A few days before CAST 2012 I attended Test Coach Camp in San Jose, CA. There were thirty passionate people spending time exchanging coaching tricks and ideas. Here is what I learned in these two days.
The most important that I learned started in the morning. I approached Sigurdur Birgisson, and he could finally explain to me how to tie my shoe laces. All weekend my laces didn’t open by themselves. I think I live happier since then. At Test Coach Camp there were other sessions on concrete skills, like juggling, and how coaching in Kendo and swimming relates to coaching testing skills.
Besides that I attended a session by Michael Larsen on the method he uses for coaching boy scouts called EDGE. The acronym stands for Explain, Demonstrate, Guide, and Enable. We suggested later to treat the second E more as Empower. The idea is to start with a connection to the students first. Explain them why you are the person that should explain this new thing to them. Get their attention, and raise their curiosity. Then demonstrate the particular thing you want them to learn. Michael showed us how to make a longer rope accessible with a monkey thing (I don’t remember the term, nor can I find it). The idea is to knot the rope in multiple loops together, and still being able to extend them if you have to. After having shown it to use he helped us to do it on our own. That was the guiding part. He tied a head start, and handed it over to one of us, who continued two to three loops, and then passed it further on. In the end, the last person did the final few loops, and the finishing part. In order to empower us, he extended the rope again, and asked use to do it now on our own.
I see lots of parallels between the EDGE method as Michael showed to us, and the 4Cs from Training from the back of the room. There, you start with the connection of learners to the material, just as Michael did when he raised our attention, and explained the problem we would like to solve. The second C stands for Concept. By demonstrating it, Michael introduced the concept of the knots to us. Then we entered Concrete Practice (third C) by actually doing it, and concluded (fourth C) with a try from scratch completely on our own.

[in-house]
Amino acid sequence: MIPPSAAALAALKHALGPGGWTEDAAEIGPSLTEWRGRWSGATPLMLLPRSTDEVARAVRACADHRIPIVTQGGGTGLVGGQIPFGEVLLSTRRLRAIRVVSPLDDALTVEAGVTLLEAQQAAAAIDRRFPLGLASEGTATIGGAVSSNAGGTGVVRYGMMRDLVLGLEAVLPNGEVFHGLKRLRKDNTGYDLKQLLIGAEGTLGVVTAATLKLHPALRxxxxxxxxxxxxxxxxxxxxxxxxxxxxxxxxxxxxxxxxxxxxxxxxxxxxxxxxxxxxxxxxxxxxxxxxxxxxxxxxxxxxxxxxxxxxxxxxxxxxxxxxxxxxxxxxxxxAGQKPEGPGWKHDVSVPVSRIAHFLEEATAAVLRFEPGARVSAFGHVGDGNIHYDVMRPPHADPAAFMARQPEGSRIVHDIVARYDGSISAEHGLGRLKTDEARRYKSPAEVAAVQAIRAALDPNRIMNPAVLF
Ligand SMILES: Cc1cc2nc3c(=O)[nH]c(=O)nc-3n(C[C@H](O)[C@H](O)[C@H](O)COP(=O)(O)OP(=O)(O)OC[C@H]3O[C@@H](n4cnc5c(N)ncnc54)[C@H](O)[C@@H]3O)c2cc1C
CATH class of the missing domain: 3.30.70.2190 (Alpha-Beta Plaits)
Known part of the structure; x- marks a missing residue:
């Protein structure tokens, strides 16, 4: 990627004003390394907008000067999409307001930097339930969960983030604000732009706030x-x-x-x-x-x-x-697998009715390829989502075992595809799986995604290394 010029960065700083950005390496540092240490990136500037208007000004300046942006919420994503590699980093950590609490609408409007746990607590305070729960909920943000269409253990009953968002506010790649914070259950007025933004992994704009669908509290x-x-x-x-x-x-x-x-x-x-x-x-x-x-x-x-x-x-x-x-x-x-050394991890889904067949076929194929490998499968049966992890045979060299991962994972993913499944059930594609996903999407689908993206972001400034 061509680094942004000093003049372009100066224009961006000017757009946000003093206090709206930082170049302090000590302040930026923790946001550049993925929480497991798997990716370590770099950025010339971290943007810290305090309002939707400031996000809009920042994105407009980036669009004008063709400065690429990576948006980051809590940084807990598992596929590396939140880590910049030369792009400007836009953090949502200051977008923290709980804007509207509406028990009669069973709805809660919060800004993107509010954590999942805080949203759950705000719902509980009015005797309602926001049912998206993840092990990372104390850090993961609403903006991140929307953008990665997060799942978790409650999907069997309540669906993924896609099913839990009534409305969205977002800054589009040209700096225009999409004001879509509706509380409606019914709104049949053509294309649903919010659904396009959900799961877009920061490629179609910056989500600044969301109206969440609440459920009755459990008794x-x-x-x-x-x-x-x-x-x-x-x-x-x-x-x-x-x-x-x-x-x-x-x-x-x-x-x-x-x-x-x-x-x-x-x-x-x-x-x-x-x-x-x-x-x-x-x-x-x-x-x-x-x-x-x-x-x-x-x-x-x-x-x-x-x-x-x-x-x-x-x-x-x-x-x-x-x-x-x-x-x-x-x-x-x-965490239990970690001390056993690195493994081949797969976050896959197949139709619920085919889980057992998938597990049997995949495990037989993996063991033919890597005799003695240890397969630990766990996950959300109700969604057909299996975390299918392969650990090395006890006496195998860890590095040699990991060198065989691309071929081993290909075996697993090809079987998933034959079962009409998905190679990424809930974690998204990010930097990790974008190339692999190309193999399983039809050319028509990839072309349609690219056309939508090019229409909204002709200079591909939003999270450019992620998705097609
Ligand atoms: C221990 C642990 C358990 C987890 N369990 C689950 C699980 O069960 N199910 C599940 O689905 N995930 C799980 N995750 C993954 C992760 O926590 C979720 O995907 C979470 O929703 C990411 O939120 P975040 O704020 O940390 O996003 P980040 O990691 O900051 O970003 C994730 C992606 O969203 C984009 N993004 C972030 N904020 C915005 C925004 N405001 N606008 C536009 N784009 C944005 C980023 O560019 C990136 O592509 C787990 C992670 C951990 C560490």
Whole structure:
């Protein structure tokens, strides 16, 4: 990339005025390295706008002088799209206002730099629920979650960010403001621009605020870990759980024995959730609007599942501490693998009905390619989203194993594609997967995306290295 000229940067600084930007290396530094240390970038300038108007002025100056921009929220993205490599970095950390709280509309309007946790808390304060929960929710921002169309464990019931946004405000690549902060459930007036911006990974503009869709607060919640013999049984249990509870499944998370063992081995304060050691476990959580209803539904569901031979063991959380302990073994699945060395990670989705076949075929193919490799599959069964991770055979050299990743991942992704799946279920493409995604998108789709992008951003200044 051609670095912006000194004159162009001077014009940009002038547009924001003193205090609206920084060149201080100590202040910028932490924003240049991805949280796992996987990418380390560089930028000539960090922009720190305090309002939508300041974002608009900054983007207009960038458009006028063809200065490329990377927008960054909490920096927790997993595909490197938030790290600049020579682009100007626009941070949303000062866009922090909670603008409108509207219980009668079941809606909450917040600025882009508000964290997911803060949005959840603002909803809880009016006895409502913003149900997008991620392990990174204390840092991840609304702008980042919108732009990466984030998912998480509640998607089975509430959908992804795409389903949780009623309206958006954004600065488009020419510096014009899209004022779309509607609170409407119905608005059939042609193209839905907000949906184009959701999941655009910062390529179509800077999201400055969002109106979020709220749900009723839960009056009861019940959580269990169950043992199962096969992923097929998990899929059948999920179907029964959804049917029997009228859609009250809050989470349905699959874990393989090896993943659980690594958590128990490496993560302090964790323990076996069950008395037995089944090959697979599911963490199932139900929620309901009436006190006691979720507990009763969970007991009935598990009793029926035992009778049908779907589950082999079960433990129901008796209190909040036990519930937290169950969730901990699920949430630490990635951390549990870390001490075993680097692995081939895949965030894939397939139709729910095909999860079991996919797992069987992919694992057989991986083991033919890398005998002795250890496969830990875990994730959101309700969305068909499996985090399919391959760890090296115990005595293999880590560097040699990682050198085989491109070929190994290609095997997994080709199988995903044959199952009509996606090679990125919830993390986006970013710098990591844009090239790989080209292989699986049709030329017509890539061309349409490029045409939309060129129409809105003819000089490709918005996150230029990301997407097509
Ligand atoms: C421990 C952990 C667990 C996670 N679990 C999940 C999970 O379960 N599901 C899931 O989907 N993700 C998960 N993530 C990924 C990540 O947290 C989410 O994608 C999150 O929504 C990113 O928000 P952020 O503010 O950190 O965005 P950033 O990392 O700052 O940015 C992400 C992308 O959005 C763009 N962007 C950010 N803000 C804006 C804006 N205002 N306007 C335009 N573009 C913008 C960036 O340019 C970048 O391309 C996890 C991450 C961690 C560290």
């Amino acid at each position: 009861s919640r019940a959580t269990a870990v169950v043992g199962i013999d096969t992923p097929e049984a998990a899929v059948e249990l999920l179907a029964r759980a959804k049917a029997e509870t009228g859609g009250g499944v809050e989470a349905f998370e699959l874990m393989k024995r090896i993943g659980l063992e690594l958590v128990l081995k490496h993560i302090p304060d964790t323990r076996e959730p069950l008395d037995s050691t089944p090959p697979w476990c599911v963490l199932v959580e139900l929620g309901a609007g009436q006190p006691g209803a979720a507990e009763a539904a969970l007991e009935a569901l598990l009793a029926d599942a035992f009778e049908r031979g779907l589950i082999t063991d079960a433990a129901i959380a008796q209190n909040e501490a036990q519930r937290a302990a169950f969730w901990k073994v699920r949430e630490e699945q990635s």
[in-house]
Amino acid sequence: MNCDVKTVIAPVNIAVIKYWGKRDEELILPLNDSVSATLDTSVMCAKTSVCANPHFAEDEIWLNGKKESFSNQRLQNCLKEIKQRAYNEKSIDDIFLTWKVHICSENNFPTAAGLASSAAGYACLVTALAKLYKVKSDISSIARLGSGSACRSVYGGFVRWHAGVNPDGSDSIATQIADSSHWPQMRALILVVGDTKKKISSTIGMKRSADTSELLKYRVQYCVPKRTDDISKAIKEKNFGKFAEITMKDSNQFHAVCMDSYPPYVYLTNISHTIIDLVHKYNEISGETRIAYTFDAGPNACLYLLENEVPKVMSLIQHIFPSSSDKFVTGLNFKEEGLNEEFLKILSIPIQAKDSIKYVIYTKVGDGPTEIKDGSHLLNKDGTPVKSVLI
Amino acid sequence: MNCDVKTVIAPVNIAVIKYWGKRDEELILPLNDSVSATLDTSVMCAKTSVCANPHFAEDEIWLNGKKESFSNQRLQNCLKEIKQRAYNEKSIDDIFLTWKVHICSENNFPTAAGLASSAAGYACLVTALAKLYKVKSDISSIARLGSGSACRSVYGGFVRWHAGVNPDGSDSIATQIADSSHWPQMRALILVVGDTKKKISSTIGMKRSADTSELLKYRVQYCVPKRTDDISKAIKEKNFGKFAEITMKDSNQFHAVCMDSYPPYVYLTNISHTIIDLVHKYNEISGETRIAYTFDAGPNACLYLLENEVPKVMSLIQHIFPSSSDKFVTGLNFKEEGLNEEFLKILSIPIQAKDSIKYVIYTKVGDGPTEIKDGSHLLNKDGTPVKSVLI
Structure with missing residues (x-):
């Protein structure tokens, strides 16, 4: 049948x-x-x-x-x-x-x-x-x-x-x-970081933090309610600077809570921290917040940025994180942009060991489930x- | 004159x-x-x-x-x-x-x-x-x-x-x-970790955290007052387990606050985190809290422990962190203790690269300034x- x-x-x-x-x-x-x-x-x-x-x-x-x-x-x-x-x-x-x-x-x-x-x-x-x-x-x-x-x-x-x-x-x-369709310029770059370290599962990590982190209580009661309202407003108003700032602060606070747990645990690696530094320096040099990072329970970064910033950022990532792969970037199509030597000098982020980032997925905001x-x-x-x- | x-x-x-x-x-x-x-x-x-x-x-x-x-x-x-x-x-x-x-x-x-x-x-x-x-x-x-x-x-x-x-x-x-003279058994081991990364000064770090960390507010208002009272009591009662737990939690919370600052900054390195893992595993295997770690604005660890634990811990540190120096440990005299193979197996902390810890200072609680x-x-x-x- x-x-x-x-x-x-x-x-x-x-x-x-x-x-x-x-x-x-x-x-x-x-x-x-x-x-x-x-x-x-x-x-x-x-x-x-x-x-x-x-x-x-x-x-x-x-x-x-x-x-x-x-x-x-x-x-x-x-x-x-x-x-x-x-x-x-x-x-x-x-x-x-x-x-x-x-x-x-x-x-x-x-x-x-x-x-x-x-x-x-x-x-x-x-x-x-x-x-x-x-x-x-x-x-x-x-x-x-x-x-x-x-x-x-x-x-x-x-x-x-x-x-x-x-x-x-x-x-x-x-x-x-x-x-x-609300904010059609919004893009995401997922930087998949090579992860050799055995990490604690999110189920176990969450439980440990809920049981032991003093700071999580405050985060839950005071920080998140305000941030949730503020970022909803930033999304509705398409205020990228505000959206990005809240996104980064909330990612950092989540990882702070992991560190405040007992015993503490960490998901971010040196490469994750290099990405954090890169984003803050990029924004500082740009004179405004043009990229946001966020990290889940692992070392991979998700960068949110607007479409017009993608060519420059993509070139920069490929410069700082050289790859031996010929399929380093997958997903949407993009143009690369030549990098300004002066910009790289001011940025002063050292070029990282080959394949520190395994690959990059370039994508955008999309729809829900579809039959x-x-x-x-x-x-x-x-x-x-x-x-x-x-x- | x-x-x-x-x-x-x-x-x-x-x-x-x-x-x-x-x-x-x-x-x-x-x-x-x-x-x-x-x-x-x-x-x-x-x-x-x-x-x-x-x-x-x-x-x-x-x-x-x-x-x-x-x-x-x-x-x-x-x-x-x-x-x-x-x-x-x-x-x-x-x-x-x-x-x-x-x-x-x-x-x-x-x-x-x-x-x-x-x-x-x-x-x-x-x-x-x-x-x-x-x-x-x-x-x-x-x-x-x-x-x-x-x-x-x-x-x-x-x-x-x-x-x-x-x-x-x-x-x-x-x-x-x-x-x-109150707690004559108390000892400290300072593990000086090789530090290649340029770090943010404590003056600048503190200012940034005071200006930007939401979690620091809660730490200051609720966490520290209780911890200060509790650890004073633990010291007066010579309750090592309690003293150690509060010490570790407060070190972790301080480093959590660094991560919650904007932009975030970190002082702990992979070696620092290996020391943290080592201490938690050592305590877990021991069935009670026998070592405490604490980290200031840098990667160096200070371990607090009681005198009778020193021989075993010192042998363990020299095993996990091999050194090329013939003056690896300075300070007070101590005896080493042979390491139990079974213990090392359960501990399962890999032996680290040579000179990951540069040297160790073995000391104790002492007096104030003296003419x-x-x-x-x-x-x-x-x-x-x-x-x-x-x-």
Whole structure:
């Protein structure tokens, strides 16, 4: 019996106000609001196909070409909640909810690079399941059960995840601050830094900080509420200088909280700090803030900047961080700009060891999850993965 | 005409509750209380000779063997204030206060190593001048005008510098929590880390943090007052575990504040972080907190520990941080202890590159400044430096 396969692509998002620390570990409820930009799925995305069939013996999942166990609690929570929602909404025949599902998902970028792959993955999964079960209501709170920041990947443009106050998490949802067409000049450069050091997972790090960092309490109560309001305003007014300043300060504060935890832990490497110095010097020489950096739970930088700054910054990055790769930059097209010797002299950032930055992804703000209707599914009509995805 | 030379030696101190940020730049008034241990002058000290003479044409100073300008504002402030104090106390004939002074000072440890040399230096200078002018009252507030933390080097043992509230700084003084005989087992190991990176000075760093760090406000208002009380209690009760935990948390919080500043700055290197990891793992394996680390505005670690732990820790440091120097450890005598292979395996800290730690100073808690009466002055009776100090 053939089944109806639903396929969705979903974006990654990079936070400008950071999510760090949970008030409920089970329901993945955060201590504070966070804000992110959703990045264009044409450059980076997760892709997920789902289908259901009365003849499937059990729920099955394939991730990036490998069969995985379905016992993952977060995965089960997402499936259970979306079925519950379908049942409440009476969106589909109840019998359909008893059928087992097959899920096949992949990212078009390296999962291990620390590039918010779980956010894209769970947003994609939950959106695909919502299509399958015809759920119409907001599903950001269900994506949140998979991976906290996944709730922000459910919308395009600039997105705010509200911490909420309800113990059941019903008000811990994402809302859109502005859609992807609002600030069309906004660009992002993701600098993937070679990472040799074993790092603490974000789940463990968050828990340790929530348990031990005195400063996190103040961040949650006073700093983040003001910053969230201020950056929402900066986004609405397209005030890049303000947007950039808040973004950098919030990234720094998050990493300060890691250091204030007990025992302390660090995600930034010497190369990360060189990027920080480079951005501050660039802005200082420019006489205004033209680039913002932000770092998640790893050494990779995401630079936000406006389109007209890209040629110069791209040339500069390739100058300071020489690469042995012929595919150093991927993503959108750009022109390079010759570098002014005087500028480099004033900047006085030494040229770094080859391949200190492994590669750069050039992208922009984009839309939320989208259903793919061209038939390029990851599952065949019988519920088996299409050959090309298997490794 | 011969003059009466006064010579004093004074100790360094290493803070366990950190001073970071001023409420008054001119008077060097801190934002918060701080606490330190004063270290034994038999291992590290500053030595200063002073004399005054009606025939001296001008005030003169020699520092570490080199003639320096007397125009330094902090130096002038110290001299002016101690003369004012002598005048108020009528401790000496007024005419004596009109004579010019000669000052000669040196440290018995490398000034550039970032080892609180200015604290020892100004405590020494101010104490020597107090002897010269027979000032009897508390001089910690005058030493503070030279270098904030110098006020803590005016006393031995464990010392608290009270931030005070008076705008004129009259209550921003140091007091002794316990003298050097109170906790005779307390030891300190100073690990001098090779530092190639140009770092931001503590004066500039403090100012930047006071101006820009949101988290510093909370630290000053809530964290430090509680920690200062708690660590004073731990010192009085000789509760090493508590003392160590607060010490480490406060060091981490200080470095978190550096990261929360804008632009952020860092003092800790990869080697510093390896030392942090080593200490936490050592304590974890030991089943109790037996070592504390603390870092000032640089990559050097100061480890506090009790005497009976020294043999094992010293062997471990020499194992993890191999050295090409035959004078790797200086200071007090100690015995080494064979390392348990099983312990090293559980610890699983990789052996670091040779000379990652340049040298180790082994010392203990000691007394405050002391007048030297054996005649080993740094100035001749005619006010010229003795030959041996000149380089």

I had other smaller take-aways, mostly from the conversations in between sessions – although we did an OpenSpace at Test Coach Camp. One of them is the idea to teach Exploratory Testing to Product Owners, thereby helping them with accepting user stories. This idea from Matt Barcomb is completely in line with a talk from Sigurdur Birgisson on Exploratory Testing for programmers that he will hold at Agile 2012 as well. I think both ideas can bring great support for testers, and extend their reach. If testers are taking up more and more programming skills on an Whole Team, it seems reasonable to me that programers and product owners also learn more about the particular skills it takes for testing an application.
There were other interesting sessions that I attended, but the learnings from these sessions probably take on more time for me to digest. Overall it was an awesome two day OpenSpace, and will be working hard to make it to next year’s Test Coach Camp again.
2 thoughts on “What I learned at Test Coach Camp 2012”
Sounds like you guys were confusing training with coaching. Coaching often involves training, but it’s not the same thing.
Coaching is more about getting people to do things they already sort of know how to do, and then helping them get better.
Therefore, in coaching, I don’t start with explaining, I start with challenging the student to perform a task. (Well, I really start with centering myself and making contact, but that part is no different than training.) First the student has an experience, then we debrief, and only then is there explanation. In coaching: experience makes a better lead than lecture.
I think we talked a lot about educating testers which some people some of the time refer to as coaching. While doing a bit of research I also found out that there exists sort of a confusion around that term. Thanks for pointing that out.
On the other hand, in retrospect, I sort of agree with you, that we didn’t seem to have talked a whole lot about coaching according to your definition. Still I think I received some value from the two days.